The willingness of small businesses to share a failure can have a powerful effect.
I remember this one failure clearly. It was a real punch to the gut. I was standing in the foyer of a building in downtown Melbourne when I received the call. The voice on the other end of the line was a new client: ‘I’m sorry Shawn. We’ve terminated your contract’.
‘Stories are just lies’.
About a month earlier, my business had won a project to develop a strategy story for a large logistics company. They were rebranding and wanted a story all their executives could tell that explained why it was happening, and why now. Our way of creating a strategy story usually involves a group process where executives work together in a series of workshops to develop the narrative. This helps them all get on the same page – in fact, I’ve discovered that this process helps leaders work out what their strategy really means.
But in this case, I was told the executives were really busy and didn’t have time to get together. They would rather I interviewed each of them separately and develop the story myself. I told them this was not our standard process, but they were adamant. Against my better judgement, I agreed. I should have seen what was coming when I was told the CEO was too busy to be interviewed.
After interviewing all the other executives, I crafted the strategy story and shared it with a small group of them. They received it enthusiastically, pleased with the way it had come out. We then organised a meeting where I would present the strategy story to all of the executives, including the CEO.
I found them all sitting around a boardroom table, eager to hear the story. So I started to tell it. People began nodding in agreement, smiling to themselves. The story seemed to be having the desired effect. But a couple of minutes into the telling, the CEO interrupted me: ‘Shawn, I just want to say, I think stories are just lies’. Suddenly, all those smiles turned into frowns and everyone rounded on the story. The next day, I was fired.
When to tell a failure story
One of the best times for me to tell this story is when a prospective client asks whether we can take shortcuts with our group process and just interview their executives one by one. After they’ve heard me out, they understand why this is not a good idea – no-one wants to experience that embarrassment and loss of social capital.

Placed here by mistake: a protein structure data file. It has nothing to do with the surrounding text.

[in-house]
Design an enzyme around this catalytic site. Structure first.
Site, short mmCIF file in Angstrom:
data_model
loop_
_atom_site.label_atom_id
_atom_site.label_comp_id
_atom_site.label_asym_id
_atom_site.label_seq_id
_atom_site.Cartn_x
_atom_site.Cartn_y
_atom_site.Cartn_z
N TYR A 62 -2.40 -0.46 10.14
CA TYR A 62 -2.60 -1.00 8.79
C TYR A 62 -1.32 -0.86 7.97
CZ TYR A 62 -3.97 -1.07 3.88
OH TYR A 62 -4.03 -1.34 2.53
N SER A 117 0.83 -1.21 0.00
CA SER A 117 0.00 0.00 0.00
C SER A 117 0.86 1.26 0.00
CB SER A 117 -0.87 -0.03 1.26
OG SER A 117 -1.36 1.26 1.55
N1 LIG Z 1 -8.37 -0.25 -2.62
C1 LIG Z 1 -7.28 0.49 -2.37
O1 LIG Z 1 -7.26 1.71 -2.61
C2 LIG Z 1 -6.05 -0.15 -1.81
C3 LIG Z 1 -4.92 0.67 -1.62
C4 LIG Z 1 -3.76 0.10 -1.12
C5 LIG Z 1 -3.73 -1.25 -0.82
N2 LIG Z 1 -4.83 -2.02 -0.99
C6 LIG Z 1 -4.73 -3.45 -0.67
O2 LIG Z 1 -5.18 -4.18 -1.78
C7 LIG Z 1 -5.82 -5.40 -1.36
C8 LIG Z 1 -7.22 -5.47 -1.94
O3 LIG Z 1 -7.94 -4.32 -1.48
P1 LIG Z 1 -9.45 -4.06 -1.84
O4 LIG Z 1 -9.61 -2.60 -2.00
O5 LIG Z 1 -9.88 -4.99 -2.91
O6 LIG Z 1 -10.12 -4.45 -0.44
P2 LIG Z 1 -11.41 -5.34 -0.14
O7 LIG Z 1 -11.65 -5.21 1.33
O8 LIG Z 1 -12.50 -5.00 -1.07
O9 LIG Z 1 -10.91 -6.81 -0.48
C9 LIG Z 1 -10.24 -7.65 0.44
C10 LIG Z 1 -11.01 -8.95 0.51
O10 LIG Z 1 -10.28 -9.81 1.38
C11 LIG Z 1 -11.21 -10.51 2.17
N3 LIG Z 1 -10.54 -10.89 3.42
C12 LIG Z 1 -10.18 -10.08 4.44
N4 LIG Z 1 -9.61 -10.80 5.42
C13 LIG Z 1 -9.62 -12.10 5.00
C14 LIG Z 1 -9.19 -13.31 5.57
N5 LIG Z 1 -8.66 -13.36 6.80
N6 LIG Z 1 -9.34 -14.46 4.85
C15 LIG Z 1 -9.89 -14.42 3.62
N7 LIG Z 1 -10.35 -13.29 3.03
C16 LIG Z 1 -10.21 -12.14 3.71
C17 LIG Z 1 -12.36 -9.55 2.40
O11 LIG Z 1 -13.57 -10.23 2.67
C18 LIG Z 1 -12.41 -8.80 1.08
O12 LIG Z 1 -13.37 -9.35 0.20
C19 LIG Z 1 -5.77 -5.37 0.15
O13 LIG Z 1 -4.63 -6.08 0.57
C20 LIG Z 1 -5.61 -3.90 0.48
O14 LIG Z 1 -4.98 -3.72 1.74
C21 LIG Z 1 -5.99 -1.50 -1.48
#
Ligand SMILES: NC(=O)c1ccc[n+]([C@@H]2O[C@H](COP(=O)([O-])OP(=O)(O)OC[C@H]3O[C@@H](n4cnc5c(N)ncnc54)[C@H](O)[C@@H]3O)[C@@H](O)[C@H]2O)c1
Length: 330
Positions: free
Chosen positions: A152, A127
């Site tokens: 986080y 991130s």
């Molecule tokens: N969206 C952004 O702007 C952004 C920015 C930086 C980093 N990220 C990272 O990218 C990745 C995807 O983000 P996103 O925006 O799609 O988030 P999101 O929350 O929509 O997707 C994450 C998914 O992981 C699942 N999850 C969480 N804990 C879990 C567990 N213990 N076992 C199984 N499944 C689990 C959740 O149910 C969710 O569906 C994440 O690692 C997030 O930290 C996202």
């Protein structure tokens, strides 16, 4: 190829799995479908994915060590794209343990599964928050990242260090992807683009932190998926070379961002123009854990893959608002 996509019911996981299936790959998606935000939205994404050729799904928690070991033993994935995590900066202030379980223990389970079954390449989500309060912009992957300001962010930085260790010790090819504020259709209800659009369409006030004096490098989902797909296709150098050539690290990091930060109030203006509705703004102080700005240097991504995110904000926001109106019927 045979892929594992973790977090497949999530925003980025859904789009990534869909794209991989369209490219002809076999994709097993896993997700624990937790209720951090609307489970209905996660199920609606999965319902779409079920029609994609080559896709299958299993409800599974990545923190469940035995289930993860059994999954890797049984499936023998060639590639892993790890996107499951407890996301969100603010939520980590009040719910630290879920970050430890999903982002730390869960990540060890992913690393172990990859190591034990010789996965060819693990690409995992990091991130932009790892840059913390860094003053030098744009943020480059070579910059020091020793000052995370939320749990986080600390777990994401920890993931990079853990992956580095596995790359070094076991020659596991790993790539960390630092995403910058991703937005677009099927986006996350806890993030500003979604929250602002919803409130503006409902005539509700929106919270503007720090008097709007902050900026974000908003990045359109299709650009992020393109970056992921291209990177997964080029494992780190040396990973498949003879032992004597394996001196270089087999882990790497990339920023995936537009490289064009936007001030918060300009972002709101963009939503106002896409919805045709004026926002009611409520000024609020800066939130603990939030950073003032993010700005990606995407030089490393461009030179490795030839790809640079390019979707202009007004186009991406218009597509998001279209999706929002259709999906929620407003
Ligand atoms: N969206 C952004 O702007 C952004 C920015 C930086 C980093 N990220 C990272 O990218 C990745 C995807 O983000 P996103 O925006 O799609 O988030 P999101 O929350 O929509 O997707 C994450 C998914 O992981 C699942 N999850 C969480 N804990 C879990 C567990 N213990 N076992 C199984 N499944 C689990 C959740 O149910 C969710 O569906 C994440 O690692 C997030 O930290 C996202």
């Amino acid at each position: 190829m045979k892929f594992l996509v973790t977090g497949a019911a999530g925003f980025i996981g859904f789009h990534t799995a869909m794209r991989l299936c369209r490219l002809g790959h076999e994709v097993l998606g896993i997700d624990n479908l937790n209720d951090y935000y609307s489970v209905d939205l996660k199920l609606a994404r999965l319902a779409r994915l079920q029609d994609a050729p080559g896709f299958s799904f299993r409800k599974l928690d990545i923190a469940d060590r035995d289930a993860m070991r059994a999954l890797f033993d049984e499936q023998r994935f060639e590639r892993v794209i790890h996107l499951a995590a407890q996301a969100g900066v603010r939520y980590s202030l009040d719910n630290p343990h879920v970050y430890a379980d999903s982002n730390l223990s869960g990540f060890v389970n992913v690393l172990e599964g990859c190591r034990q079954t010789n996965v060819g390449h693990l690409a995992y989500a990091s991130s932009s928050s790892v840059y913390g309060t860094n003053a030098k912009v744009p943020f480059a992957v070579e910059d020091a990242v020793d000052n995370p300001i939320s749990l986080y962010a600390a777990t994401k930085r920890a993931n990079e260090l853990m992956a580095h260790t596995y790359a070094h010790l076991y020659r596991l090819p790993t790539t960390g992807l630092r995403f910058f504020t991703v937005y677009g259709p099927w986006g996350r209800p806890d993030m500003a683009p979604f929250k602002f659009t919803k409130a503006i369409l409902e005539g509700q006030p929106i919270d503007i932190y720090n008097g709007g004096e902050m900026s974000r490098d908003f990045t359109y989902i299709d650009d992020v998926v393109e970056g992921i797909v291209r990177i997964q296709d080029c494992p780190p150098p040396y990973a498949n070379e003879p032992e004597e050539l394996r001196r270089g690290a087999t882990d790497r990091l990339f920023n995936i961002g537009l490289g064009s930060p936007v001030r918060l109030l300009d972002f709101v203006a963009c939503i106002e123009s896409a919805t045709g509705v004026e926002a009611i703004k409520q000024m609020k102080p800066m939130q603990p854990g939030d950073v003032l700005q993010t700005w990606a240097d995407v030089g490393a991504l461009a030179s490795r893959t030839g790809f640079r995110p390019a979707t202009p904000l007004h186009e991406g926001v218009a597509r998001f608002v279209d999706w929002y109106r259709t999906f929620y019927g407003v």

I will also tell a story like this when we are proposing new work. It shows we’ve learned some things along the way, and that we have the strength of character to admit our mistakes. These types of stories bring people together. A failure story also encourages the person you are hoping to work with to share their own failures, or the sensitive things that are really happening in the organisation. It prompts people to open up.
Now while failure stories are great for grabbing attention and do a wonderful job of warning someone off a particular course of action, they don’t really give the listener any alternatives. So I find that after sharing a failure, it’s useful to then recount a success story that helps the listener to plot a new way forward. Thankfully, we’ve also had plenty of positive stories illustrating how we’ve helped a variety of companies with their strategy stories.
Be ready to talk failure
After you get over the hurt of a failure, you’ll find that its retelling will be extremely valuable. I recommend you have a few failure stories at hand, ready to be told to prospective clients or customers. You don’t have to dwell on them. Simply share the story, let the point sink in, and then shift to a story about how things can be in the future.
About the author
Shawn Callahan is business storytelling specialist and founder of Anecdote. Shawn works with leaders and sellers around the world helping them find and tell oral stories to spark action. He is the author of Putting Stories to Work: Mastering Business Storytelling (Pepperberg Press).